Today, people can be so focused on the monetary value of their work and that determines how good of a job it is. People might look down on those who are in jobs such as house cleaner, plumber, etc. Next week, we're going to look at how the Biblical view of work is VERY different than this view of work.

When connecting our work to God's work, it's important to shift how you place value in your work. Get out of your head that work is "better" if you make more money. All work reflects the image of God in us. Throughout the Bible, we hear about stewardship. We are to be good stewards with what God has given us. Being a good steward is "utilizing and managing all resources God provides for the glory of God and the betterment of His creation." (Check out a blog Courtney wrote last year on Stewardship. How are you being a good steward with your work?

Let's look at two other biblical views about work that differ from the Greeks and today's society:
(1) Greeks saw ordinary work (manual labor) as relegating human beings to the animal level; however, the Bible sees ALL work as distinguishing human beings from animals. God put man in the world to take care of His creation: "The LORD God took the man and put him in the garden of Eden to work it and keep it." (Genesis 2:15) Jesus himself had a manual labor job, one that might be looked down on today, as a carpenter.

(2) Seeking jobs for the income instead of using our gifts that God has given us. God gave everyone different gifts. We all have different passions. We should be seeking work that suits our gifts and passions instead of just money. We shouldn't feel inferior because we have a lower paying job than someone.

Take some time this week to reflect on your current work. Are you doing work that you are passionate about and/or have a gift for?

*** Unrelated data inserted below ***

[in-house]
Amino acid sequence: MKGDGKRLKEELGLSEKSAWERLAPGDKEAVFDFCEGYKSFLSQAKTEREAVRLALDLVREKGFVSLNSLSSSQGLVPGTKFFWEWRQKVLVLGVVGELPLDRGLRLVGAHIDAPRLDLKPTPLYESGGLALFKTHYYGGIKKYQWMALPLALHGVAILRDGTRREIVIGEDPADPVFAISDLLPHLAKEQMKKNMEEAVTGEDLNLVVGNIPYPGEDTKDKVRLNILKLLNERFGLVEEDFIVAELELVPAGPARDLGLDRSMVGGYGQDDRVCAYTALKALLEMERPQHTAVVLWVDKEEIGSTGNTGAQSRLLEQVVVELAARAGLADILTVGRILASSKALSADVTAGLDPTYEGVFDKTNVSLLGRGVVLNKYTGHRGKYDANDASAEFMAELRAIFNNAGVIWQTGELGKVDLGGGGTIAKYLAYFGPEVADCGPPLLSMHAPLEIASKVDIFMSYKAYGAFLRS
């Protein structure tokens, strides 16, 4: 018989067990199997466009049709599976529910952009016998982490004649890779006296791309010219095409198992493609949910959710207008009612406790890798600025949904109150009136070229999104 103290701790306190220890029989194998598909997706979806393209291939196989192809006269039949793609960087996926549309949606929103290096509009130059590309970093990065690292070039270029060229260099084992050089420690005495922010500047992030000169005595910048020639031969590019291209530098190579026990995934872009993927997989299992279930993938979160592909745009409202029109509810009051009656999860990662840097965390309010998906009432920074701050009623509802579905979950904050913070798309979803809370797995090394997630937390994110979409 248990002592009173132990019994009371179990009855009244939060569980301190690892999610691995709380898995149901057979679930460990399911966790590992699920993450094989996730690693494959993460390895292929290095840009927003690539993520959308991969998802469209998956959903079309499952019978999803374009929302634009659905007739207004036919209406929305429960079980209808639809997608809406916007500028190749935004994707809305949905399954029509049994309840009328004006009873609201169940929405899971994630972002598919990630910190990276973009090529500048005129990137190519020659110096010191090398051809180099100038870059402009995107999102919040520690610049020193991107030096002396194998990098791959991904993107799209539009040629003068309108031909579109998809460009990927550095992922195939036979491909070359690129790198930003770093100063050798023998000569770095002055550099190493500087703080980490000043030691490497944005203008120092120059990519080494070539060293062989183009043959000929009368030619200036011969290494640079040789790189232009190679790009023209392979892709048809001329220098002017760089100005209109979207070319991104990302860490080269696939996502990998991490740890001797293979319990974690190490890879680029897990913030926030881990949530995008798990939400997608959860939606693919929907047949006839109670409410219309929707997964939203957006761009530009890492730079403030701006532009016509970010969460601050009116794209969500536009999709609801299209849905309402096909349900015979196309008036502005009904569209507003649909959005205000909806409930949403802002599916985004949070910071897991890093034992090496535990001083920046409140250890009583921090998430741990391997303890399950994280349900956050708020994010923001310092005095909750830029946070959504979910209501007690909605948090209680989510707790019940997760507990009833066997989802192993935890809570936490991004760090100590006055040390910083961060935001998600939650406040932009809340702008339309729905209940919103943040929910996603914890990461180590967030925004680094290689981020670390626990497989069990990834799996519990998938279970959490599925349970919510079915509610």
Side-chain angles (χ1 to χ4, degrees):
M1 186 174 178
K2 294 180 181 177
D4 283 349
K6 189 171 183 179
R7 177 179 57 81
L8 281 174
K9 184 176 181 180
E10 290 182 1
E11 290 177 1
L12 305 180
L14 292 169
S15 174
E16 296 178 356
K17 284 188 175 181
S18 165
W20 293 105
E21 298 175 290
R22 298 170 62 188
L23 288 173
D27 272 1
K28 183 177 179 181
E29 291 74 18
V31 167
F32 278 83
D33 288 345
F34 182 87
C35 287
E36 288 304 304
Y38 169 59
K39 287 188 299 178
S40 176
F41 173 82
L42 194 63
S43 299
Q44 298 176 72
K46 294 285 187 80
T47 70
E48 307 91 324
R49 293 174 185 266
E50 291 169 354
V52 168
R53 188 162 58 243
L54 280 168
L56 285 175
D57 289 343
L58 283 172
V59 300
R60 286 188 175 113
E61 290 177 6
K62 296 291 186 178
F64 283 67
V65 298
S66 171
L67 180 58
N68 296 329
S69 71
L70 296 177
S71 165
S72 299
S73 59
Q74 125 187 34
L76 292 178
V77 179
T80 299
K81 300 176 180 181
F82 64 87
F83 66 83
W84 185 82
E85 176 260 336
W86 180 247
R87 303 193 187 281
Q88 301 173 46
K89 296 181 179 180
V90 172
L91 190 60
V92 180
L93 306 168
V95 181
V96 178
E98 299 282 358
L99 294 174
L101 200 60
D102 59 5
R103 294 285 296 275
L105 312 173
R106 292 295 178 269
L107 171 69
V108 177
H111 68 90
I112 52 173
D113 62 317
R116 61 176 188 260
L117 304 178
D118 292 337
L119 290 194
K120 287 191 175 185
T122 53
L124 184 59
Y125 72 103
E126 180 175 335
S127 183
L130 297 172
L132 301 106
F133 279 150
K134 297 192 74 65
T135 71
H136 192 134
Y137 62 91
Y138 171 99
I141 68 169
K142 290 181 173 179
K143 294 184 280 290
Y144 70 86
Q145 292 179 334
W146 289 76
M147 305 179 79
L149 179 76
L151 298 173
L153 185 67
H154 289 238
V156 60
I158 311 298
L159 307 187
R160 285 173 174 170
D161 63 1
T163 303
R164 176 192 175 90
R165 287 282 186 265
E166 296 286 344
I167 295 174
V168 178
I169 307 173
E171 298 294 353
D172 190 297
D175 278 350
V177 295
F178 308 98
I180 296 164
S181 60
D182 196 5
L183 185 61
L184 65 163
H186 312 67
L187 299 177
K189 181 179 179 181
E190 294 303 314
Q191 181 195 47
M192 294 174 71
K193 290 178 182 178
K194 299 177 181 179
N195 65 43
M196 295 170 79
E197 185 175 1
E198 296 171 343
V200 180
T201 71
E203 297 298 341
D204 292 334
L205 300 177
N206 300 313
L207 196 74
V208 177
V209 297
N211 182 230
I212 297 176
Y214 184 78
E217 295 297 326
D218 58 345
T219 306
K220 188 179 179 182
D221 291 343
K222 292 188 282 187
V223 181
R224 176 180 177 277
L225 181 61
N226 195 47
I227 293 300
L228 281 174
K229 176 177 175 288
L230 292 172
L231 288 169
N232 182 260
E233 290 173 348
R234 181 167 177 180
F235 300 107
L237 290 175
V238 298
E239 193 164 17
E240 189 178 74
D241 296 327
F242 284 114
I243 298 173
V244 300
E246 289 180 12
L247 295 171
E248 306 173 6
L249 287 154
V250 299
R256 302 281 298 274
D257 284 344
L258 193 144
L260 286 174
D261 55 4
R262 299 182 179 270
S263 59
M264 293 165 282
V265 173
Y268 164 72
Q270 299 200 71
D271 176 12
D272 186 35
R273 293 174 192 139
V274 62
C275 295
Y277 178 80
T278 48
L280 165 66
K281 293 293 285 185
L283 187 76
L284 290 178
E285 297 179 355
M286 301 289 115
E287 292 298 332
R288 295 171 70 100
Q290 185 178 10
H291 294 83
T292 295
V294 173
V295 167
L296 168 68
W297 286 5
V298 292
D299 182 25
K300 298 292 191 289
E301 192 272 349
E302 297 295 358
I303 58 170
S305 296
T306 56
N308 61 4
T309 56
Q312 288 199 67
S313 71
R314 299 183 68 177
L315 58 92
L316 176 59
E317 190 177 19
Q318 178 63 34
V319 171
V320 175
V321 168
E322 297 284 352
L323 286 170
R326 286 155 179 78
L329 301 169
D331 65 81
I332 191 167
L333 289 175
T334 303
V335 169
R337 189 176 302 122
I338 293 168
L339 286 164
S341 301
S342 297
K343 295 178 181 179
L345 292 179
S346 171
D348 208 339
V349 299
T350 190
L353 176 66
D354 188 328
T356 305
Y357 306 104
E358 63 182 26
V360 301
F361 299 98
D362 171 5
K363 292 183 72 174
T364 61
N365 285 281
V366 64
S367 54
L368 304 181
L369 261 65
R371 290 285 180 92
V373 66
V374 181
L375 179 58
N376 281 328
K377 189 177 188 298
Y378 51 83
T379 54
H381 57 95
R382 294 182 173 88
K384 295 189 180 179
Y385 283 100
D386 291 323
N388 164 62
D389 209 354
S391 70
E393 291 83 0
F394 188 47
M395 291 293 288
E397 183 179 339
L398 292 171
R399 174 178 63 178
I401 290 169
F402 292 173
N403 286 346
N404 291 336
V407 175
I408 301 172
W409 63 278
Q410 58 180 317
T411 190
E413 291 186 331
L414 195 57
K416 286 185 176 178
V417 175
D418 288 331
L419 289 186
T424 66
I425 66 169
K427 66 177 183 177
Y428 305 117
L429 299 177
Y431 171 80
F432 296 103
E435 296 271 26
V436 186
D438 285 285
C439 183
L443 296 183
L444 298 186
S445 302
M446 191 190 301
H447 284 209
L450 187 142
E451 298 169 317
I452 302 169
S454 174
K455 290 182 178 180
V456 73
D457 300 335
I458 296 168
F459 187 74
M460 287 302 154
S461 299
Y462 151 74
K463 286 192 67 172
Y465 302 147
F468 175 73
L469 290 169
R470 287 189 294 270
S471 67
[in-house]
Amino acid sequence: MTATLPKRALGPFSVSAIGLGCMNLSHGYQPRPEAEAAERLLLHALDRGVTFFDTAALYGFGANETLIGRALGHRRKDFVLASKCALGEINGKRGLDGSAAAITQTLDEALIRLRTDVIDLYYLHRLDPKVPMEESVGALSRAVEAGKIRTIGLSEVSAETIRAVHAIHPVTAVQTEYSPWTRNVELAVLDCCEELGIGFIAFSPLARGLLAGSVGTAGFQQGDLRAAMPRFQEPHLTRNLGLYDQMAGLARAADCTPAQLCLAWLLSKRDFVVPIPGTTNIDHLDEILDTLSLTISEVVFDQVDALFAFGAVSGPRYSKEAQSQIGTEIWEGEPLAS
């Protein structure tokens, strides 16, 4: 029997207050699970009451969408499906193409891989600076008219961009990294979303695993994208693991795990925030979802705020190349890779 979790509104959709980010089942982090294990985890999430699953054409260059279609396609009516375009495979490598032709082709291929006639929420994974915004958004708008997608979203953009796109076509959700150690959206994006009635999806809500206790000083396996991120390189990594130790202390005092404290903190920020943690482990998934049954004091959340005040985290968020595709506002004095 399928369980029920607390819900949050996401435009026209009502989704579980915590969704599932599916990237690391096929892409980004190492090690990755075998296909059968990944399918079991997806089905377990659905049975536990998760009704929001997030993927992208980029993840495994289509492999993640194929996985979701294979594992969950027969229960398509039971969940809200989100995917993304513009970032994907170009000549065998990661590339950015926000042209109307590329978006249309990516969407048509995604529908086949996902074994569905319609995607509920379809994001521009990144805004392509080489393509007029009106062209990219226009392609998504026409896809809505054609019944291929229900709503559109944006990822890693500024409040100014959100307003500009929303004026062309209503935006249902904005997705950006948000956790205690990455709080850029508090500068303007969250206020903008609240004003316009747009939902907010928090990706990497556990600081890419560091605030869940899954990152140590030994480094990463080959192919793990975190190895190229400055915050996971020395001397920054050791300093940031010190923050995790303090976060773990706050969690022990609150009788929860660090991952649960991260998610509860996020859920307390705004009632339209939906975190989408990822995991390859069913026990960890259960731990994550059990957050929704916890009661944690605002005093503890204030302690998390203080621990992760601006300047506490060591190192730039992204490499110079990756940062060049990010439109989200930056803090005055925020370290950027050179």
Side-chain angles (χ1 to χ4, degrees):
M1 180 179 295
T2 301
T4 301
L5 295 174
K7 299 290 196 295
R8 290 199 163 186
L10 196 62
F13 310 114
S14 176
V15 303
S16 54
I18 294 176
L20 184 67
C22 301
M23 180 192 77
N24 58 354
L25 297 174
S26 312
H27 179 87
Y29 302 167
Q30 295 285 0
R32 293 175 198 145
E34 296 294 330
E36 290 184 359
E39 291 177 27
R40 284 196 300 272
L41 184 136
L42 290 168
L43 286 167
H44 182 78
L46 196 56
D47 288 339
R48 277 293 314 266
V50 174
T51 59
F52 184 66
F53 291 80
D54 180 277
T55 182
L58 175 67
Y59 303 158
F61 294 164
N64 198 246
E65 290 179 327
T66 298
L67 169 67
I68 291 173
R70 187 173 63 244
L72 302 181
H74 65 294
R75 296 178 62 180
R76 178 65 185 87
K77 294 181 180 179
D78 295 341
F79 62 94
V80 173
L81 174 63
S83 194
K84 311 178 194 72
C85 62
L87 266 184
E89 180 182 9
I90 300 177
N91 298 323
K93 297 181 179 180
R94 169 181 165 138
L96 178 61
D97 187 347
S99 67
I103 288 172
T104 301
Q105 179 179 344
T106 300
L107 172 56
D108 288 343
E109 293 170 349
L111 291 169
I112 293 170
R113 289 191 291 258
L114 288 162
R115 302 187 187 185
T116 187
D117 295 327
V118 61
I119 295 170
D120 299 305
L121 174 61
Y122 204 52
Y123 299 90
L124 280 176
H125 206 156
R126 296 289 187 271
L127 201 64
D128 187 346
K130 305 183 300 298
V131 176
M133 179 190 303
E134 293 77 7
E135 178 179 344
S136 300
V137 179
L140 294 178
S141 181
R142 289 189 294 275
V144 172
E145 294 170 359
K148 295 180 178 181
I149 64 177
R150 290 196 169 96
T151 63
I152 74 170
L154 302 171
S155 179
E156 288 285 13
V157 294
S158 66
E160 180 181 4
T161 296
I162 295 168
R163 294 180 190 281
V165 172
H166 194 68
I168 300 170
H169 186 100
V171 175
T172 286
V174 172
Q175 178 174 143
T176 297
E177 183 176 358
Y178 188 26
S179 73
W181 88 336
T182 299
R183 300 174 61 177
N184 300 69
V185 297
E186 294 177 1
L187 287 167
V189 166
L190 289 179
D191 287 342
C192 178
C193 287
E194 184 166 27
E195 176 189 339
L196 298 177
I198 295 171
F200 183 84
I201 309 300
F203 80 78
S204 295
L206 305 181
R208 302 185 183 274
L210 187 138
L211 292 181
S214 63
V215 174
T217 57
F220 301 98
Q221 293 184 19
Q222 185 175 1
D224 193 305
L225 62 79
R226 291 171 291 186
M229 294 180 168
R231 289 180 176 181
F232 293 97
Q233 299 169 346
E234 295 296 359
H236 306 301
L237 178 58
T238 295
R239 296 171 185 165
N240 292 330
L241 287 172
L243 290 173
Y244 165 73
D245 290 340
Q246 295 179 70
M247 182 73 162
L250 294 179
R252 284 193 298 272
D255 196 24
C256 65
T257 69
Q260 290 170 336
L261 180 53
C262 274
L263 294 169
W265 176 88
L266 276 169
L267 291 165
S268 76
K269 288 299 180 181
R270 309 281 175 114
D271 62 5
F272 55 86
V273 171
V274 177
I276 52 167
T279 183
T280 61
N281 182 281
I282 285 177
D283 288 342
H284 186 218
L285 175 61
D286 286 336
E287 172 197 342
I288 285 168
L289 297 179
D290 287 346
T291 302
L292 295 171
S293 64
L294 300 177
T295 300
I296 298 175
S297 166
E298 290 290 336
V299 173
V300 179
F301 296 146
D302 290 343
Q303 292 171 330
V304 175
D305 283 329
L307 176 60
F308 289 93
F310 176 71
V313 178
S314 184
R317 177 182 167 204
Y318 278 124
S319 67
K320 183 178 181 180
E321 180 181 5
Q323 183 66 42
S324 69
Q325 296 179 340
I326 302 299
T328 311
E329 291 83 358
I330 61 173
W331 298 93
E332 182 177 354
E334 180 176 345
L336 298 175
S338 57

Work as cultivation? The word "cultivate" is often used when talking about farming – to "prepare and use (land) for crops or gardening." Some synonyms for cultivation that might help us when relating it to our work include growing, raising, improvement, and bettering.

In Genesis, God gave Adam the job of naming all the livestock. He also placed Adam and Eve in the Garden of Eden to "work the land." From the beginning, God gave people a job to use their creativity and resources to create a culture and improve their environment. In what ways does your work cultivate?

God equips Christians for building up the Body of Christ, giving people different gifts. Similarly, he equips everyone with talents and gifts for various kinds of work, to build up the human community. Not everyone is called to go into ministry or work for a nonprofit; however, that doesn't mean other forms of work is less than.

Start looking at your work as a form of service. Ask yourself, "how, with my existing abilities and opportunities, can I be of greatest service to other people, knowing what I do of God's will and of human need?"

When you go to work, remember that everything you do can be an act of worship to God. You'd be amazed at the impact you can make by shifting your perspective of your job as service and an act of worship.

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West Point, VA
Courtney is SEM's Marketing Manager. She joined SEM full-time in 2016. Outside of SEM, Courtney enjoys hiking with her golden retriever, Mya and volunteering at LifePointe Christian Church.